A parent planning for their 1-year-old’s birthday party is wondering if they can provide guests with an Amazon wishlist. And parents are torn.
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Posted to the Subreddit r/Parenting, the parent explains their position:
“Is it pretentious to link an Amazon wish list [on] the invite to the party? I’m planning on phrasing it as ‘suggested gifts if they need ideas.’
“I just really don’t want more goofy electronic toys. He has so many already that we haven’t even [taken] some of the ones we got for the baby shower/Christmas out of their packaging yet.
“Also, we have some stuff he really needs, so I would rather we get useful gifts instead of more toys.
“I am afraid of seeming entitled or like I am expecting people to get him these gifts if I link the wish list though.”
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Some parents say it’s tacky, while others think it’s fine
Redditors were torn on whether or not mentioning gifts on the invitation was acceptable.
“I think it’s tacky to expect gifts from people. Gifts are nice but not a prerequisite to attending a party. That’s the vibe that we like to give off when having a party,” one user wrote.
“I personally think it’s tacky to put it on the invitation, but I know lots of people do anyways. I personally would keep it and just give it to people if they ask,” another user commented.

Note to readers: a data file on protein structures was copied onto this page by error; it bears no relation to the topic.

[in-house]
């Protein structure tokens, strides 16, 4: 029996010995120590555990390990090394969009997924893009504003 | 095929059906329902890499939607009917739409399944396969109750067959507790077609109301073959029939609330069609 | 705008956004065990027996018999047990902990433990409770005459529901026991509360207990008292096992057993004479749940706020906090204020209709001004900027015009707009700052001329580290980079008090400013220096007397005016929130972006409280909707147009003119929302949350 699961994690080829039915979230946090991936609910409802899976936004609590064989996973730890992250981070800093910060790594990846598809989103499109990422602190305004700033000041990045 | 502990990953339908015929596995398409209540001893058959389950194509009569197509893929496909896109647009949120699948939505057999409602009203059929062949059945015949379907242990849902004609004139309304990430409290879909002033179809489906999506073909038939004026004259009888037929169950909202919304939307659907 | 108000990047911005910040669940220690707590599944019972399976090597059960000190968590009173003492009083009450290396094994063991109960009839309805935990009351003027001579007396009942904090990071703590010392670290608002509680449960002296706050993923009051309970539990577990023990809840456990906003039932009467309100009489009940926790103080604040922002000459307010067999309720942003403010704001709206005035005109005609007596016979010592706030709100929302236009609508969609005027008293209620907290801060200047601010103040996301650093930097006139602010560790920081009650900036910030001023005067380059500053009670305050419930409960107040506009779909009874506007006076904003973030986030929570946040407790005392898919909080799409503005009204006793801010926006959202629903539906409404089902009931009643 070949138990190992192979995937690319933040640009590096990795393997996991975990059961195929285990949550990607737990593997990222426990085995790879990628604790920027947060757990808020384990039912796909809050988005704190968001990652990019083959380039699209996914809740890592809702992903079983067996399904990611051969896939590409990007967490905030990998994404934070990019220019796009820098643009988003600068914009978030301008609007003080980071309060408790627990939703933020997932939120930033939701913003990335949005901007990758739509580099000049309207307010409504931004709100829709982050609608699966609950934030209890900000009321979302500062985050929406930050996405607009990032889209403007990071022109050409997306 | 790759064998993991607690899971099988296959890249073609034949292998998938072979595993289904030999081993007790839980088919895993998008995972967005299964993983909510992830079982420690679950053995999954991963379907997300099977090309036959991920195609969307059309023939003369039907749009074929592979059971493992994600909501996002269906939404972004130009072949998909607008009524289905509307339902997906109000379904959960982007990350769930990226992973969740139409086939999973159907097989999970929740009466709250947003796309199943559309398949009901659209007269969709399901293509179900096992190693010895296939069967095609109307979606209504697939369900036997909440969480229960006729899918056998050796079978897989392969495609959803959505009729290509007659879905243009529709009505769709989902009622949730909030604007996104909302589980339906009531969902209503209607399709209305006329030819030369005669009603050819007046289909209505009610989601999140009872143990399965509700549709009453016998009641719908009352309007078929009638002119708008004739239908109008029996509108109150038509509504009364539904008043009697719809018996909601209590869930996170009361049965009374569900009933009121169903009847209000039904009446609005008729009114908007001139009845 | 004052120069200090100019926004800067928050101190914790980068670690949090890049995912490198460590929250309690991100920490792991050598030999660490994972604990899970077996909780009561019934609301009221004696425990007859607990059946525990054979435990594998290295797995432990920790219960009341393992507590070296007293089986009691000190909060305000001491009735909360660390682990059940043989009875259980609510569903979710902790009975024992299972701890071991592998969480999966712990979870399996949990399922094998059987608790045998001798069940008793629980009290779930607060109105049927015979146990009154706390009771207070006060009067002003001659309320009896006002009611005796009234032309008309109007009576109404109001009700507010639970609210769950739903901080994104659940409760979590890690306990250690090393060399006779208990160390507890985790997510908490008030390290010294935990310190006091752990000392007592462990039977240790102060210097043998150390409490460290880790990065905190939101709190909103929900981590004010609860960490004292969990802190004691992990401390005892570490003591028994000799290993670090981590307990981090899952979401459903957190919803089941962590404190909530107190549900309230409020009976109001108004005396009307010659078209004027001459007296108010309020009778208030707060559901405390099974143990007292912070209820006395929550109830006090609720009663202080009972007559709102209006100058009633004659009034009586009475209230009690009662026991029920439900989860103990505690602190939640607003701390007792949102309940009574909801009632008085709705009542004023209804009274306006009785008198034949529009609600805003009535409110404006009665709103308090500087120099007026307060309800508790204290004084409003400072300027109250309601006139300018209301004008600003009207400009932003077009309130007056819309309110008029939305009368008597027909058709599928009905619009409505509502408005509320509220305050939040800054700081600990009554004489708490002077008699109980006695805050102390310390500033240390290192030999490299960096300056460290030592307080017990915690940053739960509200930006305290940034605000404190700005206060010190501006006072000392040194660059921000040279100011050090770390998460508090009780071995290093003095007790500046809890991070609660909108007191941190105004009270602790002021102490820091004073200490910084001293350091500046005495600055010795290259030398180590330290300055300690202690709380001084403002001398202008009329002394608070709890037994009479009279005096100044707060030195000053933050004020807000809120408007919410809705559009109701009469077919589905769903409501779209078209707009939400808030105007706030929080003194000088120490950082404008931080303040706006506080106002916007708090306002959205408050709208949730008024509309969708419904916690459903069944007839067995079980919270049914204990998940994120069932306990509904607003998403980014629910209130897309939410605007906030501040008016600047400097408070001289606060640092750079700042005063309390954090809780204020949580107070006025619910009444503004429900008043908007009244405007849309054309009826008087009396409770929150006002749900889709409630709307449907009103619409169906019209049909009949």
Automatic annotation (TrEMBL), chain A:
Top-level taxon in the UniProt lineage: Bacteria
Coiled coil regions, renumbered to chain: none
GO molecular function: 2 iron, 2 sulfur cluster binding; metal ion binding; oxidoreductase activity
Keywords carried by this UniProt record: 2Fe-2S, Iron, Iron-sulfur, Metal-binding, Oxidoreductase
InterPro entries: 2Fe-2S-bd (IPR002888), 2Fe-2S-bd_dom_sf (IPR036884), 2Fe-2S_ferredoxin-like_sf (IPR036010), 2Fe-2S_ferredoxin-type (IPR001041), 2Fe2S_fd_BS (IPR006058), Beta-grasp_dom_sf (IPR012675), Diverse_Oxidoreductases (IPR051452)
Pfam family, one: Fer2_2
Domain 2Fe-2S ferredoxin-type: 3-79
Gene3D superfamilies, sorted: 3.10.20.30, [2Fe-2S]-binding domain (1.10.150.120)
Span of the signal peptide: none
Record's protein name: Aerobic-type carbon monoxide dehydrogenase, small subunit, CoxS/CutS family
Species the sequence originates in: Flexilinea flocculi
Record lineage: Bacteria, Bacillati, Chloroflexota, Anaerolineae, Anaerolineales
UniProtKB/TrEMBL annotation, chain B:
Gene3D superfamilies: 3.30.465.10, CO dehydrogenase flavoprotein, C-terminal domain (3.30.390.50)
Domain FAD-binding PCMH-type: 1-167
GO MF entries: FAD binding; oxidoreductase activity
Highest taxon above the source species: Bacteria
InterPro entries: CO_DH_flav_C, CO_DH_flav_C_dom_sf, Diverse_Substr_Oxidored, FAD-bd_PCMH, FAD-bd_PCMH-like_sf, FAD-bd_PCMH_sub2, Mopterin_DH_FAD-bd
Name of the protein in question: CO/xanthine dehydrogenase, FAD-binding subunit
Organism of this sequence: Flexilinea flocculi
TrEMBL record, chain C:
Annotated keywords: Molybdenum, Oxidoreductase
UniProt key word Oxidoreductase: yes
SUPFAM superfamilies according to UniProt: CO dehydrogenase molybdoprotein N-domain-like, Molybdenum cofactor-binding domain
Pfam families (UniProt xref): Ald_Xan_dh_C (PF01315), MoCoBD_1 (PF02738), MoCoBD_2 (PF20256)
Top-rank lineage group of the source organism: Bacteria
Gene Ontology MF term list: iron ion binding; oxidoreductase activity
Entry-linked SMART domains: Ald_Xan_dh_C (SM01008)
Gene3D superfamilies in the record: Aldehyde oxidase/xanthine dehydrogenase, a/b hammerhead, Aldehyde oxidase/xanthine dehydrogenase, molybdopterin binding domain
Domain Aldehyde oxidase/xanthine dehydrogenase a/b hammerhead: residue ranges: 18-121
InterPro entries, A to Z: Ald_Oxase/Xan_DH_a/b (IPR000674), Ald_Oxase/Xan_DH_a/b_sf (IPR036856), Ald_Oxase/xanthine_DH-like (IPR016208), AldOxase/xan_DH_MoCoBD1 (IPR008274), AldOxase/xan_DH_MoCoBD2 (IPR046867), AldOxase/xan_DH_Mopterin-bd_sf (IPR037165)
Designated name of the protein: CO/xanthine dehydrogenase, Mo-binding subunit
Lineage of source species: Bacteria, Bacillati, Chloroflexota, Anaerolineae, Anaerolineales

“IMO, it’s tacky. You’re hosting a party, you don’t get to dictate gifts – but you don’t have to keep them, either. If you don’t want a bunch of stuff you didn’t specifically pick out, you can ask people not to bring gifts or to donate to a charity you support,” one user replied.
“Tacky, entitled and rude. Same as asking for cash on a wedding invite. I would pass on an invitation with gift list attached,” commented another user.
“I think maybe if you put something like: ‘No gifts needed, but if you feel compelled and would like some ideas, here’s our wishlist of things we would appreciate.’ Then the link,” one user suggested.
“I think it’s 100% fine. I love when people give a list. It makes it so much easier to get a gift. I hate trying to figure out what to get,” another user answered.
“Is it technically against old fashioned etiquette rules which some people still hold to to feel self-righteous? Yes. Is it objectively rude and should still be consider bad manners? No. Times have changed,” one user replied.
“I think it’s great, I’d rather buy something they actually want and will be useful. Kids get too much plastic tat, I wish more people would do this,” said another user.
“I’d appreciate it. My kids are much older and I wouldn’t know where to start,” wrote one user.
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